Popasmoke Wreath Laying, an Invitation

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Popasmoke Wreath Laying, an Invitation

Postby Fasst1 » Sat Nov 04, 2006 8:08 pm

Popasmoke is holding a major wreath laying ceremony on the 10th beginning at Noon, forming up beginning around 1130 at their tent near Constitution and 20th. One of their senior members, Larry Zok, asked me to invite 2/9ers in his name. Consider it done. The news article below tells part of the story of the speaker at the event, Captain Chris Ayres, and his men, including Gunny Sagredo being awarded the Silver Star, as a result of the battle of Fallujah. Some of you may also seen the story of these men in Leatherneck Magazine a few months ago.

Semper Fi,
Danny

CAMP PENDLETON ---- Flanked by hundreds of 1st Battalion, 5th Regiment, Marines on Wednesday, Lt. Christopher Ayres limped slightly forward and pinned a Silver Star on Gunnery Sgt. Ismael Sagredo ---- the man who risked death to save Ayres' life nearly two years ago in Iraq.

In a Spartan ceremony punctuated by the occasional beat of passing helicopters, and while their wives shared an emotional hug and tried not to cry, Ayres and Sagredo completed a story Wednesday that began April 13, 2004.

On that day, Sagredo, 37, organized Ayres' rescue after their unit's armored vehicle was attacked by grenade-wielding insurgents in Fallujah, and Ayres, 35, with the back half of his right leg nearly blown off, was trapped in the line of fire.


Among the handful of audience members at Wednesday's stoic presentation was 23-year-old Cpl. Abraham McCarver, who helped Sagredo rescue Ayres. He was also awarded a Silver Star ---- the nation's third highest combat award for valor ---- in October.

Addressing the assembled troops dressed in their digital-print combat fatigues, Col. Larry Nicholson, the commanding officer of the 5th Marine Regiment, began the presentation tersely: \"Everybody have your ears open and pay attention. This is a once-in-a-lifetime event.\"

The presentation featured a reading of the Silver Star citation, signed by the secretary of the Navy, that cited Sagredo's \"conspicuous gallantry\" for assuming command when Ayres was wounded; risking being shot while rescuing his platoon leader; leading 10 other Marines to a safe refuge inside an Iraqi home; re-establishing radio contact; and leading a defense of the home even as the Marines were running out of ammunition.

At the end of the presentation, each of the assembled Marines marched, in single file, past the smiling Sagredo, to shake his hand and extend congratulations.

Renee Ayres, who said her husband spent 74 days in hospitals after losing all of his right hamstring, had trouble controlling her emotions.

During the presentation, Ayres wrapped her arm around and laid her head on the shoulder of Sagredo's wife, Estela Sagredo, who was holding the couple's 4-week-old daughter, Isabella.

\"How do you tell someone 'thank you' for saving your husband's life?\" Renee Ayres said in a halting voice.

Ayres, meanwhile, who is facing the probable end of his 10-year Marine Corps career because of his injuries, said of Sagredo, \"He's got a lifelong friend. He knows it. If he ever needs anything from me, I'll always be here for him. Because that's what we do as Marines.\"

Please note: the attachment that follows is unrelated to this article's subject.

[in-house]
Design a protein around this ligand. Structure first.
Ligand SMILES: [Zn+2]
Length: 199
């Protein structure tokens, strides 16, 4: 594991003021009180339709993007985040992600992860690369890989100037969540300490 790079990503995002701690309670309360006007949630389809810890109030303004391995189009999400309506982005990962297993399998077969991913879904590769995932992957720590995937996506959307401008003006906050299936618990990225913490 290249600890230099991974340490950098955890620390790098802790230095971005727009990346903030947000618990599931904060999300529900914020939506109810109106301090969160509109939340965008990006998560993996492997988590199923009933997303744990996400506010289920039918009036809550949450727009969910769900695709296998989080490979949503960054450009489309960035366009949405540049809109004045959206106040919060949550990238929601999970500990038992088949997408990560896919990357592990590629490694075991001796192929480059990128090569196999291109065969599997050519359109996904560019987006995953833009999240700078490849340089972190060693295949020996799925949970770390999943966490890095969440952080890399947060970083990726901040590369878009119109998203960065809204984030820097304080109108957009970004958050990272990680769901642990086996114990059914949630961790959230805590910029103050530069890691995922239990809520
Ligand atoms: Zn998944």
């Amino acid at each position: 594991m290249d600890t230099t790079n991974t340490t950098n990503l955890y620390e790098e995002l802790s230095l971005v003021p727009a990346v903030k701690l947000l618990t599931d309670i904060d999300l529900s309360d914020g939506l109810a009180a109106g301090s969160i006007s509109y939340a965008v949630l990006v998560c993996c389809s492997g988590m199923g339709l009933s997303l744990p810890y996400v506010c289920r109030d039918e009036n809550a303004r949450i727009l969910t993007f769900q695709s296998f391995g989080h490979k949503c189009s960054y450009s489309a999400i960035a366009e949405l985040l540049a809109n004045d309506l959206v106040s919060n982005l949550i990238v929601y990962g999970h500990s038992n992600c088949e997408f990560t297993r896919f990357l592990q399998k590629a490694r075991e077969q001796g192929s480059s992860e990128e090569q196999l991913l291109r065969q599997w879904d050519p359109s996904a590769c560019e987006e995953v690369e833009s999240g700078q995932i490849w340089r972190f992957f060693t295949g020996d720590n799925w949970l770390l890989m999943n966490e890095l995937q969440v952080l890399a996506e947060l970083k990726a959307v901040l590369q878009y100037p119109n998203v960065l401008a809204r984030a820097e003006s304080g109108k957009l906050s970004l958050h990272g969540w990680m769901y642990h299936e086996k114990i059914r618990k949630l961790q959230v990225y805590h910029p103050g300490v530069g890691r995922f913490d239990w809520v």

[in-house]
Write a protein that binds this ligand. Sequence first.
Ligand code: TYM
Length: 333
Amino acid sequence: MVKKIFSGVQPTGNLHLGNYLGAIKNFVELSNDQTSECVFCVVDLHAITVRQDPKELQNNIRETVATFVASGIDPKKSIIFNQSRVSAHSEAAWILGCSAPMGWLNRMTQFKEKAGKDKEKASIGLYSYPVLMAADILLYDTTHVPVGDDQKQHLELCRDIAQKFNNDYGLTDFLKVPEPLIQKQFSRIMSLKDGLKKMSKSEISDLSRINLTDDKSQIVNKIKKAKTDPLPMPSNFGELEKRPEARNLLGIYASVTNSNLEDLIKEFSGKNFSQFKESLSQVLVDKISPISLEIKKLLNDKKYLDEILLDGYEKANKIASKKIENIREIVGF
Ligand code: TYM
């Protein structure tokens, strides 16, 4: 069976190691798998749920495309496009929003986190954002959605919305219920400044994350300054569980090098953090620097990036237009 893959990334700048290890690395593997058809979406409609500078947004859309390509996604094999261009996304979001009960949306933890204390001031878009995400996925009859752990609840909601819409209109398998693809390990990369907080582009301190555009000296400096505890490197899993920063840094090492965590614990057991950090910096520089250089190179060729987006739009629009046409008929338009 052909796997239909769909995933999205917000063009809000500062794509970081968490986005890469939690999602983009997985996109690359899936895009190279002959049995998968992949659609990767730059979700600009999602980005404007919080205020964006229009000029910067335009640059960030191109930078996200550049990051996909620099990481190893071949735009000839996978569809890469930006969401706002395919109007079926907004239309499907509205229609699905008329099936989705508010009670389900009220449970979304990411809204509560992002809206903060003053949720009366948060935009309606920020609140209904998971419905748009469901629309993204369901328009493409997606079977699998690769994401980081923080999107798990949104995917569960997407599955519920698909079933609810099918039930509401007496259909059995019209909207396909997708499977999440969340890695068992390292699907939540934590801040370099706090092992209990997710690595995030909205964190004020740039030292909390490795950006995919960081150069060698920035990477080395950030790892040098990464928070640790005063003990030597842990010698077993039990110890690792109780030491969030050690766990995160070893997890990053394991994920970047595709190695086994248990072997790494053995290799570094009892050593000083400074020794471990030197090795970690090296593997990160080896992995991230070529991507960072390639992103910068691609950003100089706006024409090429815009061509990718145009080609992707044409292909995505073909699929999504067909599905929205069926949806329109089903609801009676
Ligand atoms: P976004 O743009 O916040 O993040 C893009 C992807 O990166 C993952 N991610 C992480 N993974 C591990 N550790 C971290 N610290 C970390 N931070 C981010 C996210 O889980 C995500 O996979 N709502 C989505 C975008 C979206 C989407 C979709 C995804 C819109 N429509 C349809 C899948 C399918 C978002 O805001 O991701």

Sagredo and Ayres said their unit was attempting to find and disperse insurgents who had been attacking resupply convoys in the Fallujah area on April 13, 2004. Their armored vehicle, filled with 13 Marines, was one of two that had been sent into the town's streets to find and push back the enemy. Sagredo, in a voice so soft that it was difficult to hear, said Wednesday that they had received word that the other vehicle had been attacked and disabled shortly before they came under fire.

Riding in the turret area in the front of the armored vehicle, Ayres was hit by a rocket-propelled grenade, which destroyed much of his right leg, killed one Marine and badly damaged the vehicle's engine.

Sagredo said the streets were too narrow for the 38-ton vehicle to turn, and insurgents attacked at every street corner. So the vehicle limped through a dangerous gauntlet until the engine finally gave way.

Sagredo and another Marine spotted a nearby house, and evacuated the rest of the Marine crew inside as they dodged small-arms and grenade fire. Sagredo and McCarver then returned to try to get the groggy Ayres out. But he was stuck, with part of his protective vest caught on a hook. Exposing himself to enemy fire, as the vehicle burned, Sagredo tried to lift Ayres free, and he finally fell into their arms.

They raced back to the house and defended it. They repelled three attempted break-ins, including a grenade that bounced off the front window, and killed several insurgents, fighting for more than an hour as their ammunition ran low.

Just as Sagredo said he was deciding he would have to have the Marines \"run for it\" because \"no Marine officer was going to be captured by the insurgents, dead or alive,\" reinforcements arrived and helped beat back the attacks.

Sagredo said he was overwhelmed by being honored when other Marines saved his life that day.

\"I really didn't go (to Iraq) to achieve any honor,\" he said. \"We just swore to defend the Constitution of the United States against all enemies, foreign and domestic, to the best of our abilities.

\"I was just doing my job,\" he said.
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2/9 12/66-6/67; Philly Naval Hospital; 3/2 8/67-4/68; MAG-24/H&MS-24 4/68-6/69

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